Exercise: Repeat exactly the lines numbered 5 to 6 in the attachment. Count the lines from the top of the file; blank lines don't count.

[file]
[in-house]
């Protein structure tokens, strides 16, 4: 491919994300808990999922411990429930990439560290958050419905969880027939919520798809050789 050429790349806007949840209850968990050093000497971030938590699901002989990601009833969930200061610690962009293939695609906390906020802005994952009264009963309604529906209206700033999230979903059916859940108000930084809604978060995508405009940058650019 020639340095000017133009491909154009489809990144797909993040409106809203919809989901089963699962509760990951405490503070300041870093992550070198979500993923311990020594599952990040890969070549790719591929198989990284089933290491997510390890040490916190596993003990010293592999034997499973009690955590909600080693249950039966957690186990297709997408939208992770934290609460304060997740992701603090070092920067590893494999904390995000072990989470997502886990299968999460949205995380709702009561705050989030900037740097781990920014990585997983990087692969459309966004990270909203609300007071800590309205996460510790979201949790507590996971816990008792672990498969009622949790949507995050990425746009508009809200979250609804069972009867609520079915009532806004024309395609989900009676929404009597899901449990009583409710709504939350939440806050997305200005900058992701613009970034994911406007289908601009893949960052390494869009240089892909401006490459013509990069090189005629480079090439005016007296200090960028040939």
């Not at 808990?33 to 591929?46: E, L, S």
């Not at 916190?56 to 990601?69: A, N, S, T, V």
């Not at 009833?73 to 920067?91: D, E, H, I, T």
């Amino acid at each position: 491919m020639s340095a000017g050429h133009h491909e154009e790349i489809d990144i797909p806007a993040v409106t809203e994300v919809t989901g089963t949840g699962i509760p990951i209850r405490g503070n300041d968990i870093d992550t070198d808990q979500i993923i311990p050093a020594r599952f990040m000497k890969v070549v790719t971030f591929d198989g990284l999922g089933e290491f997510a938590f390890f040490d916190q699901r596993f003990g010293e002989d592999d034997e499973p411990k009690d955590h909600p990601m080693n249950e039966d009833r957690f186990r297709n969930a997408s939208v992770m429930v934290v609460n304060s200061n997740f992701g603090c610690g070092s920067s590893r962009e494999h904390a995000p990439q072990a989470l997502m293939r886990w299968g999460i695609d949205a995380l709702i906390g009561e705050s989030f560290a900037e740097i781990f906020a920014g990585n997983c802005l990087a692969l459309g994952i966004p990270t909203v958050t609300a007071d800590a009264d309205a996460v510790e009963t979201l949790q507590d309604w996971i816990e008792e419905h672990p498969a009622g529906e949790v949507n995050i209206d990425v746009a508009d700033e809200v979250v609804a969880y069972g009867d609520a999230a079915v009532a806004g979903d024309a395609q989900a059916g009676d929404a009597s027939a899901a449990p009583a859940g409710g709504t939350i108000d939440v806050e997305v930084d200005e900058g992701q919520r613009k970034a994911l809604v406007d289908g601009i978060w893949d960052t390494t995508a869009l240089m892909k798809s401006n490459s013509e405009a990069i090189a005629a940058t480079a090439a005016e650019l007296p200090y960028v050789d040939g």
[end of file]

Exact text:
């Not at 009833?73 to 920067?91: D, E, H, I, T």
């Amino acid at each position: 491919m020639s340095a000017g050429h133009h491909e154009e790349i489809d990144i797909p806007a993040v409106t809203e994300v919809t989901g089963t949840g699962i509760p990951i209850r405490g503070n300041d968990i870093d992550t070198d808990q979500i993923i311990p050093a020594r599952f990040m000497k890969v070549v790719t971030f591929d198989g990284l999922g089933e290491f997510a938590f390890f040490d916190q699901r596993f003990g010293e002989d592999d034997e499973p411990k009690d955590h909600p990601m080693n249950e039966d009833r957690f186990r297709n969930a997408s939208v992770m429930v934290v609460n304060s200061n997740f992701g603090c610690g070092s920067s590893r962009e494999h904390a995000p990439q072990a989470l997502m293939r886990w299968g999460i695609d949205a995380l709702i906390g009561e705050s989030f560290a900037e740097i781990f906020a920014g990585n997983c802005l990087a692969l459309g994952i966004p990270t909203v958050t609300a007071d800590a009264d309205a996460v510790e009963t979201l949790q507590d309604w996971i816990e008792e419905h672990p498969a009622g529906e949790v949507n995050i209206d990425v746009a508009d700033e809200v979250v609804a969880y069972g009867d609520a999230a079915v009532a806004g979903d024309a395609q989900a059916g009676d929404a009597s027939a899901a449990p009583a859940g409710g709504t939350i108000d939440v806050e997305v930084d200005e900058g992701q919520r613009k970034a994911l809604v406007d289908g601009i978060w893949d960052t390494t995508a869009l240089m892909k798809s401006n490459s013509e405009a990069i090189a005629a940058t480079a090439a005016e650019l007296p200090y960028v050789d040939g």